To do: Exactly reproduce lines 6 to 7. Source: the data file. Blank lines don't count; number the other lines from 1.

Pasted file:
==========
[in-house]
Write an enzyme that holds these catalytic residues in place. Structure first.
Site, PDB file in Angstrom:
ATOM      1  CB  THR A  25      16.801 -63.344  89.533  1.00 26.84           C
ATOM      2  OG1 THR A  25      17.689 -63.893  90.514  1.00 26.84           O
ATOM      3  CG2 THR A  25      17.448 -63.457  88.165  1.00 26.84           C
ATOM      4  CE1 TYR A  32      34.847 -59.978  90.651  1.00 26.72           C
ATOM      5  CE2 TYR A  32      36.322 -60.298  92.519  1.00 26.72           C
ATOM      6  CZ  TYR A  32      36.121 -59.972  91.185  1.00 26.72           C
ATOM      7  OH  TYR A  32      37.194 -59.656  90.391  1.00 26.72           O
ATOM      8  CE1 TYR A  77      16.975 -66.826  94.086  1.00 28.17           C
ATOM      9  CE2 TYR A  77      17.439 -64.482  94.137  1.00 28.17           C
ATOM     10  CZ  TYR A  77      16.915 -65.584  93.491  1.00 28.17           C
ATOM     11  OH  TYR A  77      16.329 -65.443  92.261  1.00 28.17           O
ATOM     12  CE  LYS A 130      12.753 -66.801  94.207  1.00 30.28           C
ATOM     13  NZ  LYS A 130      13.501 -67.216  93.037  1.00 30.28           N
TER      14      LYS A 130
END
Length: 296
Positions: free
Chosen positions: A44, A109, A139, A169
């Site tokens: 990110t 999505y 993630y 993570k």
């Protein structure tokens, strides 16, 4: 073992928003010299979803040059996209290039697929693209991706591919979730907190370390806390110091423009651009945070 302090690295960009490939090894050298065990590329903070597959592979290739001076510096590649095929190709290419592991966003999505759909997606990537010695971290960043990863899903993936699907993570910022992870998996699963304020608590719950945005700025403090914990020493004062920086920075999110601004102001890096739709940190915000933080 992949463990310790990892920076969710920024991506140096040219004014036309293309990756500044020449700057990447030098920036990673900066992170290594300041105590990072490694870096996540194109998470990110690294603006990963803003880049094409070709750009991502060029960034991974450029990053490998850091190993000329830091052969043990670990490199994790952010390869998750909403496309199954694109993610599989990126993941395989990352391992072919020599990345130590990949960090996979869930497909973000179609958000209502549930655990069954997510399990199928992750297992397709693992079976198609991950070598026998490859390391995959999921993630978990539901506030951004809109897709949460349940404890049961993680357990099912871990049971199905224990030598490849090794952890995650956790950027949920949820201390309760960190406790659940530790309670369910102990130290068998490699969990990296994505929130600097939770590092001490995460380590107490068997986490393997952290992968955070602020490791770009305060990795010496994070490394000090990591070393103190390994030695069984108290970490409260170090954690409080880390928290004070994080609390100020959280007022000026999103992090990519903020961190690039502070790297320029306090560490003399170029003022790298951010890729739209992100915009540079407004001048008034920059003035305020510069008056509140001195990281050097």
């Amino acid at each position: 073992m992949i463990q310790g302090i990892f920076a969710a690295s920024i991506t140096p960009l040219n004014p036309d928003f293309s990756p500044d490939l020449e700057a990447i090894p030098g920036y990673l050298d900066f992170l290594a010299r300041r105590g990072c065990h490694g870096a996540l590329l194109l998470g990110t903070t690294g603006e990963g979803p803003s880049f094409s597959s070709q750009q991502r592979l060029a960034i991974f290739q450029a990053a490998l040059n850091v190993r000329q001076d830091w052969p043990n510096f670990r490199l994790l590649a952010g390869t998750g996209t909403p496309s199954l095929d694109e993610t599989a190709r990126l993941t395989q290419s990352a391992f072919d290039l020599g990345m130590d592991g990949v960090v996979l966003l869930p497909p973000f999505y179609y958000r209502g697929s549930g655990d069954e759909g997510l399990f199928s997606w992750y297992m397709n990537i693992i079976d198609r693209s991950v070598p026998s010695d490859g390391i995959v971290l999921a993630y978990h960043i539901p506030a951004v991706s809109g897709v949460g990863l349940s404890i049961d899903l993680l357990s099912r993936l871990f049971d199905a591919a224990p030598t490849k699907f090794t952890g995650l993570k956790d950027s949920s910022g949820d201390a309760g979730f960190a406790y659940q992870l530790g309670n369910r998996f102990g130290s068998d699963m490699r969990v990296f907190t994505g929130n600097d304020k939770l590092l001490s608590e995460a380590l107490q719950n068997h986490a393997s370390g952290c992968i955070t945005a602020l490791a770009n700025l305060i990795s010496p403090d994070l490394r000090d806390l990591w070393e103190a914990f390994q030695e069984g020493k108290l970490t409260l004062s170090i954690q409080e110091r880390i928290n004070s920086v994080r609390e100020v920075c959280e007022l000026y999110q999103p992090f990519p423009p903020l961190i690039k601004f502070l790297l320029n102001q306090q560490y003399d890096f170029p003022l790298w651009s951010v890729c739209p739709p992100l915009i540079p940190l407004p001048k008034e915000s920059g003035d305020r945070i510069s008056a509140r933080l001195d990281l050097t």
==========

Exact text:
ATOM      3  CG2 THR A  25      17.448 -63.457  88.165  1.00 26.84           C
ATOM      4  CE1 TYR A  32      34.847 -59.978  90.651  1.00 26.72           C